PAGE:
But not too knackered to show off!  All the bare-rooted fruit trees are planted, mulched and staked - but not tied yet - no hurricanes tonight please.

All the poplar and willow poles are in.  Little soldier lines of stakes.  They are close, but we figure we will get a better shelter sooner - and hubby is itching to use the chainsaw in a few years time.

My tree-planting hero.  We are in sight of the finish line, with only about 100 trees to go.

We've already lost a couple to wild rabbits so I sprayed the remaining ones with our super duper rabbit repellent. 

5 eggs
150 mls acrylic white paint
(I actually don't think the rabbits will mind what colour you use)
600 mls of water

Mix well and spray over your seedlings with a fine setting.


Friday, July 23, 2010

Playing with Water Fire.

So my sweet, wee, almost-three-year-old was playing at the sink.  She had helped wash the potatoes and kumara, she had filled every dirty cup and bowl with water and lined them up on the draining board and she was looking around for something else to do.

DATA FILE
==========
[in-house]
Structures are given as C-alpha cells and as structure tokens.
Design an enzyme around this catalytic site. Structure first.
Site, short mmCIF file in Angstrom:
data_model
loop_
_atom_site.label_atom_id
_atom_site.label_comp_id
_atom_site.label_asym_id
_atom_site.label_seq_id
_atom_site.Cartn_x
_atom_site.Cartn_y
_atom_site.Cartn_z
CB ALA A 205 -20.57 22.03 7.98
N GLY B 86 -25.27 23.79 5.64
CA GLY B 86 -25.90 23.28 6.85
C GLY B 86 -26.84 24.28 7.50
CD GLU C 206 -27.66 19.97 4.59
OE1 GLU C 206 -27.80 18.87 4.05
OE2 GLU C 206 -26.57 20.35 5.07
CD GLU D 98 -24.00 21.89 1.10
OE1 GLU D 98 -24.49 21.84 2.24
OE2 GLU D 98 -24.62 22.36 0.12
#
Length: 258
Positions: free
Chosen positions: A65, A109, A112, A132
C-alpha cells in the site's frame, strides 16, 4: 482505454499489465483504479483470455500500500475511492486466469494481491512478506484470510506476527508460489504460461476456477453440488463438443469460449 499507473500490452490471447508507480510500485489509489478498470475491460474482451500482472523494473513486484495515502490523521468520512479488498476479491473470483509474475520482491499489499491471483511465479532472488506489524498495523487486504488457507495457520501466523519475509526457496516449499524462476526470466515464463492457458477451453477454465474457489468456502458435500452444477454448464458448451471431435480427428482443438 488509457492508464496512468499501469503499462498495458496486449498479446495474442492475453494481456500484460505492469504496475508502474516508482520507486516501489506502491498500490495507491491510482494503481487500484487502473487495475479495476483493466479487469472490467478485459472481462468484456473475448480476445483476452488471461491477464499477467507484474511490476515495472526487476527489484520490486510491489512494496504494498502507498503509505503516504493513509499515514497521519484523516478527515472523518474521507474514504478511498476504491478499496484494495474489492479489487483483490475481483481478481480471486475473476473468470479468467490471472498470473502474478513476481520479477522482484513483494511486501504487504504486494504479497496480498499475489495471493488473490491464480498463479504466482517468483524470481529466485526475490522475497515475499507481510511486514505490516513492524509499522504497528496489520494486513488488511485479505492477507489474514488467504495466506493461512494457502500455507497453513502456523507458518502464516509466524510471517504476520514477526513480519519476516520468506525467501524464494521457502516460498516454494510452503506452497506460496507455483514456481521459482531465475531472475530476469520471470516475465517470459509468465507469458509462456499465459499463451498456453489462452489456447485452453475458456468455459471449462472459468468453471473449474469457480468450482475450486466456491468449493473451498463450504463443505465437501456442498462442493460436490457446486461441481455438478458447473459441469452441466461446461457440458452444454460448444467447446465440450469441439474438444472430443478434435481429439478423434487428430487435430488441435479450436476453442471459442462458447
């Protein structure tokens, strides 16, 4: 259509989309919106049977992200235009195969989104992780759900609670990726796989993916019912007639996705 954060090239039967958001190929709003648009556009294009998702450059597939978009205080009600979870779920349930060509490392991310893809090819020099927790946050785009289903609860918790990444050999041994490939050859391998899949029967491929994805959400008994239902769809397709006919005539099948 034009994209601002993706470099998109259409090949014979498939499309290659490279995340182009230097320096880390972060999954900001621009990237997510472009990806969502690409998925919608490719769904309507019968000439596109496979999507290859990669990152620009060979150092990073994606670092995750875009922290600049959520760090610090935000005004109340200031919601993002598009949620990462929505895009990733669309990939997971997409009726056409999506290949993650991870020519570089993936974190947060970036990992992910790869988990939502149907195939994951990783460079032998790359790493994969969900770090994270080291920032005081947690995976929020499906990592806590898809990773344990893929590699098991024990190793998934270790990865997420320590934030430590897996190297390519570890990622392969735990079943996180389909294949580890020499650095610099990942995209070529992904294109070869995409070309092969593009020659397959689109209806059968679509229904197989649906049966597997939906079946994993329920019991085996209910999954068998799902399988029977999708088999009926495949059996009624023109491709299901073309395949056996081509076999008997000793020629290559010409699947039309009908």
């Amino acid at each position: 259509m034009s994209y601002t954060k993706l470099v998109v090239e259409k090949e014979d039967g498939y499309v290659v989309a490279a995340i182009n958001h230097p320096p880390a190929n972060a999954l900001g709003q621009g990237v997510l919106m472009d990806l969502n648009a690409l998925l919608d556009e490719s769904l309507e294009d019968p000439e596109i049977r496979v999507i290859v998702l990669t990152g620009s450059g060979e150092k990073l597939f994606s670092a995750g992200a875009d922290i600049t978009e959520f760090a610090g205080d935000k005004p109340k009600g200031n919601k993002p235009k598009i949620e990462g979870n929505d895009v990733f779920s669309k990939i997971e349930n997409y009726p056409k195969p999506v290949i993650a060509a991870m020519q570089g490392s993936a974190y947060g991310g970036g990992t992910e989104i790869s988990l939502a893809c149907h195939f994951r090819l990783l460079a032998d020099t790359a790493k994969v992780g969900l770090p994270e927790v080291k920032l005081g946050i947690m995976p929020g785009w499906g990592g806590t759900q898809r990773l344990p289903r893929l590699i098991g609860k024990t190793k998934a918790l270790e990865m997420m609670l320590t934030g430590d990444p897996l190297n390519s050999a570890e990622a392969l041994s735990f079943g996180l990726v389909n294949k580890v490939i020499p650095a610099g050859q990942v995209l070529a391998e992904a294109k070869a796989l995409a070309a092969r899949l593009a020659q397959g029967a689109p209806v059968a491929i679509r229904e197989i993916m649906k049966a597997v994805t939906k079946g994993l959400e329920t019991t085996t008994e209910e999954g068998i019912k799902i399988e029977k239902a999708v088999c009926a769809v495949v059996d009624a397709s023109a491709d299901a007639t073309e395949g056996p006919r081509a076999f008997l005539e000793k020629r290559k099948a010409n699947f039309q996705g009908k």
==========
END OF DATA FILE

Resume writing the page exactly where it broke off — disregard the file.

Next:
She spied Wild Puss strolling by nonchalantly (as only cats can do).  Her eyes gleamed.  "Mummy."  She says with total conviction.  "Wild Puss wants a bath."

I almost let her try.

Thursday, July 22, 2010

Jab time.

First off - my internet and home phone line have been down for a couple of days if you were wondering where I was.  Just part of rural life.  But I've also been busy busy busy planting those 500+ trees and some fruit trees in my orchard (really, really excited about the fruit trees!).



But then I heard some nasty news.  The local council are releasing calicivirus into areas around Northland to control wild rabbits.  Calicivirus was released illegally into New Zealand in 1997 and is now licensed for tightly controlled use as a pest-control measure.  But it doesn't discriminate between domesticated rabbits and those little wild ones who do all the damage,  but there is a vaccination.